AARP Eye Center
Even in California, where the car has long been considered king, the streetscape of livable and age-friendly communities should be friendly, safe and inviting to people of all ages. After all, the kinds of sidewalks, streets and outdoor spaces that easily accommodate young parents with strollers also work well for bicyclists, grandparents pushing walkers and people using wheelchairs.Across the state, efforts are underway to make safe, accessible streets and sidewalks a reality. And for good reason: Walking is key to robust health at any age, especially for people 65 and older, and 80 percent of Americans want to live in communities that have the kind of streetscapes that encourage them to walk. Conversely, people without access to good sidewalks are 53 percent less likely to be active at a basic level for good health.Instead of endless miles of gridlock on major traffic corridors, imagine a community with the hometown feel of blocks filled with people strolling and browsing, or people congregating on benches and decks in front of businesses. If there were small, inviting, park-like spots carved from the parking spaces on the streets, would pedestrians stop and gather in these unofficial town squares?
That’s the idea behind the parklet movement, which started five years ago in San Francisco and has grown from there around the world. San Francisco’s booming “ Pavement to Parks” efforts have spawned more than 60 parklets, some drawing passersby to gather near businesses, some turning alleys into pedestrian malls, some even extending the tiny plots of urban residential front yards.
Sacramento in 2014 launched its own pilot project, with two parklets planned so far for the city’s core neighborhoods.
“Because it’s not what you normally expect to see, cars will slow down,” said Sacramento Area Bicycle Advocates executive director Jim Brown, a fan of the parklet movement. “It will make the street safer for bicyclists and people crossing at intersections. It will be inviting for people. Suddenly, there are reasons to stop in the neighborhood.”
“For seniors, what makes parklets intriguing is they become a place to take a break. You can take a stroll, walk and then stop and then continue.”
But will those walkers be safe as they make their way across the streets? In general, the very young and the very old are at greatest risk on the streets: In California, adults 65 and older comprise almost a quarter of pedestrian fatalities, making the state second in the nation in the deaths of elderly pedestrians. In San Diego, the situation is even worse: Older adults represent 27 percent of pedestrian deaths but only 10.6 percent of the county’s population.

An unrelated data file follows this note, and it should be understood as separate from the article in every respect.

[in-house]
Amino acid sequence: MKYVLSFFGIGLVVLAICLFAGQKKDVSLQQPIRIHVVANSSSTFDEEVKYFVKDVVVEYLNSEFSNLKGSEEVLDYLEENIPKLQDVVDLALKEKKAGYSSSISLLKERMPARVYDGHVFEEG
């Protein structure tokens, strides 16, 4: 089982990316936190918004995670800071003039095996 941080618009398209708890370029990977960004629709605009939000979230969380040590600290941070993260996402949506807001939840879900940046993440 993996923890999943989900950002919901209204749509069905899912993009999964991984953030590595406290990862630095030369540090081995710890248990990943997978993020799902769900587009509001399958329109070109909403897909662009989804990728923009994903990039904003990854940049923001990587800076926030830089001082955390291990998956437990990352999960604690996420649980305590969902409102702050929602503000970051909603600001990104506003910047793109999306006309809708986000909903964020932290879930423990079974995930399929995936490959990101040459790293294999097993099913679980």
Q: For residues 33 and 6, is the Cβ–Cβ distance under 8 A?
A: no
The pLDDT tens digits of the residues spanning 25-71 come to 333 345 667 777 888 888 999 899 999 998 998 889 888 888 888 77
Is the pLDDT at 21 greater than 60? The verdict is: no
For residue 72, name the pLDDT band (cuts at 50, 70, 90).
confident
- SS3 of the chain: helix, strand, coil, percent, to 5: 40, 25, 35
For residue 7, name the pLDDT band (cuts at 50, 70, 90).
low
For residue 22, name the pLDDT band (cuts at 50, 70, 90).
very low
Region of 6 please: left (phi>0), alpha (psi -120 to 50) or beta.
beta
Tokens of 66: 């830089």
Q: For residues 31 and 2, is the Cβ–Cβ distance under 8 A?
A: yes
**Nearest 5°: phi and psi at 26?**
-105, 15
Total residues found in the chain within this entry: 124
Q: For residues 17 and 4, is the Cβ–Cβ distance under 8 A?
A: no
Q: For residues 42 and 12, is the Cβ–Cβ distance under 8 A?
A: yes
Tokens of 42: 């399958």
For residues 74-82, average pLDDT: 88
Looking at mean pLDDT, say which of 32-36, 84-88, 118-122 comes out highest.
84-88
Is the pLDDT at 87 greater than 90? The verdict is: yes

That’s why the Vision Zero organization is urging San Diego city officials to adopt its goal of eliminating traffic deaths within the next decade. The idea is to target one dangerous intersection after another and one fast-moving, heavily traveled arterial after another, using collision analysis data to pinpoint which busy vehicle corridors are in greatest need of safety measures such as improved bike lanes, well-marked crosswalks, curb extensions and raised medians.
Vision Zero, established in Sweden in 1997, is a global movement to protect pedestrians. It is slowly gaining traction among officials in several California communities: In San Francisco, officials in 2014 adopted Vision Zero principles as its road safety policy and began researching ways to put plans into place to combat the city’s high number of pedestrian traffic fatalities. Inspired by Vision Zero, San Mateo officials are planning 15-foot-wide sidewalks with space for trees in the streetscape, part of creating increased safety and quality of life for pedestrians. The Los Angeles Department of Transportation in 2014 adopted Vision Zero’s goals and standards, as well.
Now San Diego is thinking of following suit.
“People would definitely walk or bike more if they felt safer,” said Kathleen Ferrier, advocacy director for Vision Zero’s San Diego efforts, which are an offshoot of the Circulate San Diego walkability movement.”
“Creating a safer environment gets people out walking. And framing the discussion as helping create a livable community is a positive message.”
With innovative ideas like parklets and creative campaigns designed to eliminate pedestrian fatalities, the streetscape can be the front porch for California’s livable communities, a place to congregate and enjoy. And the ultimate positive outcome for Californians of all ages -- for children playing on the sidewalks, for people on bicycles, for grandparents out for a stroll -- is safety, accessibility and vibrant good health supported by their communities.
This is the first of a series of blogs talking about what it means to create a livable community. Find out more on AARP's Livability page. You can also see what we are doing in California by following us on Facebook or Twitter.
Anita Creamer is a freelance writer based in Sacramento and a veteran newspaper and magazine reporter who most recently covered aging issues for The Sacramento Bee. You can reach her on Twitter @AnitaCreamer.